View details for DOI 10.1039/c9cp00640k

    View details for PubMedID 30869104

  • Light-Powered Directional Nanofluidic Ion Transport in Kirigami-Made Asymmetric Photonic-Ionic Devices. Small (Weinheim an der Bergstrasse, Germany) Jia, M. n., Kong, X. n., Wang, L. n., Zhang, Y. n., Quan, D. n., Ding, L. n., Lu, D. n., Jiang, L. n., Guo, W. n. 2019: e1905557

    Abstract

    Nacre-mimetic 2D nanofluidic materials with densely packed sub-nanometer-height lamellar channels find widespread applications in water-, energy-, and environment-related aspects by virtue of their scalable fabrication methods and exceptional transport properties. Recently, light-powered nanofluidic ion transport in synthetic materials gained considerable attention for its remote, noninvasive, and active control of the membrane transport property using the energy of light. Toward practical application, a critical challenge is to overcome the dependence on inhomogeneous or site-specific light illumination. Here, asymmetric photonic-ionic devices based on kirigami-tailored graphene oxide paper are fabricated, and directional nanofluidic ion transport properties therein powered by full-area light illumination are demonstrated. The in-plane asymmetry of the graphene oxide paper is essential to the generation of photoelectric driving force under homogeneous illumination. This light-powered ion transport phenomenon is explained based on a modified carrier diffusion model. In asymmetric nanofluidic structures, enhanced recombination of photoexcited charge carriers at the membrane boundary breaks the electric potential balance in the horizontal direction, and thus drives the ion transport in that direction under symmetric illumination. The kirigami-based strategy provides a facile and scalable way to fabricate paper-like photonic-ionic devices with arbitrary shapes, working as fundamental elements for large-scale light-harvesting nanofluidic circuits.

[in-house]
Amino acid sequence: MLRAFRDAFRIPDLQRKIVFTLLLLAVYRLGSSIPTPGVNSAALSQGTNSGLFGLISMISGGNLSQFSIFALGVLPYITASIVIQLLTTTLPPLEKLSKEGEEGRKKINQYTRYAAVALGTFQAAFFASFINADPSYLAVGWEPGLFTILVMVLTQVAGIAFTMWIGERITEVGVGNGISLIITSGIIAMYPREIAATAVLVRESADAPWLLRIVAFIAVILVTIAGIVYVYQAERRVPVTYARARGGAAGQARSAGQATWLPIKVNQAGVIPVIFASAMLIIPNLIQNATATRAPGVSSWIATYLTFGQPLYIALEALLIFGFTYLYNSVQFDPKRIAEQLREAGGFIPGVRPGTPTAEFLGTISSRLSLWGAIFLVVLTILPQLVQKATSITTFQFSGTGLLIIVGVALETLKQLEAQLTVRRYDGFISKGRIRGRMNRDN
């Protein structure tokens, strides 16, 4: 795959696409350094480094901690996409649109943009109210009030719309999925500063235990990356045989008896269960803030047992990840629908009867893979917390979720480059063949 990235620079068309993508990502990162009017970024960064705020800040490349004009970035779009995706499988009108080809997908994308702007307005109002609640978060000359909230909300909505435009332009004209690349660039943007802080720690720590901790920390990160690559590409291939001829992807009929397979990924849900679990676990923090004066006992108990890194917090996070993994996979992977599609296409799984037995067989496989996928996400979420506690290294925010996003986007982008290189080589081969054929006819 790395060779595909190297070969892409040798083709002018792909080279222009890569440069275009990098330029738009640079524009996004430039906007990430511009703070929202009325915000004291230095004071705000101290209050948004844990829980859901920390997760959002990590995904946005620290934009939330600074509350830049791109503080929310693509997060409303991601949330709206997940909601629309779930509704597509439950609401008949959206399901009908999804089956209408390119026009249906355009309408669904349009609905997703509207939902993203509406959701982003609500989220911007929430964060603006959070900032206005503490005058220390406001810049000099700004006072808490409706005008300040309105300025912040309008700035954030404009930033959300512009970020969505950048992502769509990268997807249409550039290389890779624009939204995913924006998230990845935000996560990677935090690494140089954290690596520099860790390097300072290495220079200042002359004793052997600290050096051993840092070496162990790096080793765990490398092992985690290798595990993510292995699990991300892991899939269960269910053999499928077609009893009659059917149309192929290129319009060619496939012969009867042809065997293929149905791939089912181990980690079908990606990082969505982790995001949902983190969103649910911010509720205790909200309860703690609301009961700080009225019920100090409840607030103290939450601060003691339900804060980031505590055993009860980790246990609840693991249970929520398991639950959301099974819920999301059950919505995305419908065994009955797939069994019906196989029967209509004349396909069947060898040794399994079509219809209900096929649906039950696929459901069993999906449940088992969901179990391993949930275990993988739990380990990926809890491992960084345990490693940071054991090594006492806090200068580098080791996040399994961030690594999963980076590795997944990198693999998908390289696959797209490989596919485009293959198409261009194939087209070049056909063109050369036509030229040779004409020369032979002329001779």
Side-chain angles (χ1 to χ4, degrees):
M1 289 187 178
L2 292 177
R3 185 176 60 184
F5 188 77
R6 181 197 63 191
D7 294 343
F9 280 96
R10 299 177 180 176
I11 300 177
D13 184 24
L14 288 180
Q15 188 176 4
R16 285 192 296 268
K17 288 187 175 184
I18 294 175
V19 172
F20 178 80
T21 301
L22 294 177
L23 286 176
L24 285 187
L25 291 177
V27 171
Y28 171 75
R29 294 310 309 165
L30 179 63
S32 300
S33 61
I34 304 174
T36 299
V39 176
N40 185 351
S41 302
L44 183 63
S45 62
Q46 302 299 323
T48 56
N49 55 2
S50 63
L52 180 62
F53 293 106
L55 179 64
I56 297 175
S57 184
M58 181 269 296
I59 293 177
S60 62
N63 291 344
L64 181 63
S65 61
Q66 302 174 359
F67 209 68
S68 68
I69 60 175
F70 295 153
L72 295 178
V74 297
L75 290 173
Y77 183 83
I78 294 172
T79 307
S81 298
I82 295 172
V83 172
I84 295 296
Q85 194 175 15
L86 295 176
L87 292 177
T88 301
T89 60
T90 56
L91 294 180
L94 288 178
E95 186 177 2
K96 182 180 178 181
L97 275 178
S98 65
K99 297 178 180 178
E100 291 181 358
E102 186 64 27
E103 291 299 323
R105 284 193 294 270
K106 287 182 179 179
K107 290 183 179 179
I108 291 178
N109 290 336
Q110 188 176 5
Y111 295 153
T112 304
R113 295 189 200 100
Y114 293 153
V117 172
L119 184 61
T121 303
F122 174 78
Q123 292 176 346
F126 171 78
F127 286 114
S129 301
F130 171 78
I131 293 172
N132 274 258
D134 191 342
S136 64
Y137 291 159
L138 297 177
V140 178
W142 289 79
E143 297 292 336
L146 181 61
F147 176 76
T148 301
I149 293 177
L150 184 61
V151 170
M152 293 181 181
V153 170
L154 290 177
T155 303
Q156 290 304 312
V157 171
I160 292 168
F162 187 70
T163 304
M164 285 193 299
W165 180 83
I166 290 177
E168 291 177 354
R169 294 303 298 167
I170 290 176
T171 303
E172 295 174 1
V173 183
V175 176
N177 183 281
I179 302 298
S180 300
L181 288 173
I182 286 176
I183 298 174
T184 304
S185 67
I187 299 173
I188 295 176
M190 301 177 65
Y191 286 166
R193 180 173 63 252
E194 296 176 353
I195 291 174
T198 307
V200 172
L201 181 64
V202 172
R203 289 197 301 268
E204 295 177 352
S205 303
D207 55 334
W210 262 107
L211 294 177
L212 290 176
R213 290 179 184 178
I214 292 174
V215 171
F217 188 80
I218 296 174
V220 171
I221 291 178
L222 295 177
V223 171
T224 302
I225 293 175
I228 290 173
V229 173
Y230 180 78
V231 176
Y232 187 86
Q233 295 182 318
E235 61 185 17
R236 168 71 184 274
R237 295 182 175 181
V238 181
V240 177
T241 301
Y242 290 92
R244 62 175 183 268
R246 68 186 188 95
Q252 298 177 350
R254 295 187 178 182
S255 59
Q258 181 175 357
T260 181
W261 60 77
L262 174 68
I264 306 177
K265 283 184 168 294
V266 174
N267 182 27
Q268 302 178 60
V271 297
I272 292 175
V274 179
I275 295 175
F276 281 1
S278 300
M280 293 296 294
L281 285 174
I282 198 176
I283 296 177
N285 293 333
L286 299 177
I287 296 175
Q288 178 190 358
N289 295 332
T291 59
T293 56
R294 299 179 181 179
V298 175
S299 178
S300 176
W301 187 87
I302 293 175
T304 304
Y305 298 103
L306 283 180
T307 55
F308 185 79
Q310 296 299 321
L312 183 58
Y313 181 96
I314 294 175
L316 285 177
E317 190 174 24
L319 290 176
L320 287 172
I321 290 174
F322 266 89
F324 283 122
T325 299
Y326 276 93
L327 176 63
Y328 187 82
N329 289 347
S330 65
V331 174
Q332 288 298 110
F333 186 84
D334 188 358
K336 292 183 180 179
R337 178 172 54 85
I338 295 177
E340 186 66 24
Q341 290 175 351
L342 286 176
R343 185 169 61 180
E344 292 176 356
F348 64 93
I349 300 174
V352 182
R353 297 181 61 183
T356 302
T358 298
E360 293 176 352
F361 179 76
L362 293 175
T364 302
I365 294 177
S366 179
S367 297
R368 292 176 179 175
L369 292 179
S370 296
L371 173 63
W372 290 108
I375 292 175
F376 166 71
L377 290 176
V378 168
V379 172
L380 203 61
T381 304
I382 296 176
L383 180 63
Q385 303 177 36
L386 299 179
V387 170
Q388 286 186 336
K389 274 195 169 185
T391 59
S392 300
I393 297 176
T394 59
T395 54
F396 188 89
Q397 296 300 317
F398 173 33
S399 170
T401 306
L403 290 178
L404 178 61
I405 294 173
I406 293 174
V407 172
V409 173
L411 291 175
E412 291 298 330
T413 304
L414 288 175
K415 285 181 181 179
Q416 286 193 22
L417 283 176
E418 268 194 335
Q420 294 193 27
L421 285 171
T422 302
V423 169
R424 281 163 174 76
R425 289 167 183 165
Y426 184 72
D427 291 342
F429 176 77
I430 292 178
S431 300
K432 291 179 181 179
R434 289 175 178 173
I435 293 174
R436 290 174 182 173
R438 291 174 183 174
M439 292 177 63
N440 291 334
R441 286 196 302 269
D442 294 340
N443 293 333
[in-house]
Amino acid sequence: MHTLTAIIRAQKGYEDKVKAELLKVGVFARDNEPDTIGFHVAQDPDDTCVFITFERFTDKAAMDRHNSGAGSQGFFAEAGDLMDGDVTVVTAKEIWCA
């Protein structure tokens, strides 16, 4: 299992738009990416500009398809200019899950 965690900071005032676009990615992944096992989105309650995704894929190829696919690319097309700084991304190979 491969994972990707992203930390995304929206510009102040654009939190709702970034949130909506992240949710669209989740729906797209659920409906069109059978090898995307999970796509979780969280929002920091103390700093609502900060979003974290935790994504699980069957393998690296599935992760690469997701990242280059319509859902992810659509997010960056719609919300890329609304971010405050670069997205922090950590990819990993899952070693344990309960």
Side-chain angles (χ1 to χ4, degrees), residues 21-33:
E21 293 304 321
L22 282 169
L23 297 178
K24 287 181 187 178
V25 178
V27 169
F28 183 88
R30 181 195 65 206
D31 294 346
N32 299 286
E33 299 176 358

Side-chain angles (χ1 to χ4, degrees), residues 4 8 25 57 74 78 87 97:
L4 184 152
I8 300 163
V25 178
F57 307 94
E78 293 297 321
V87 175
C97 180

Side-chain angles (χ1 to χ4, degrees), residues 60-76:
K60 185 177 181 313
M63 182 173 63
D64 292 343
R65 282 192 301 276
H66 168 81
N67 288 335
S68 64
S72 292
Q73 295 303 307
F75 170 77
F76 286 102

View details for DOI 10.1002/smll.201905557

    View details for PubMedID 31805218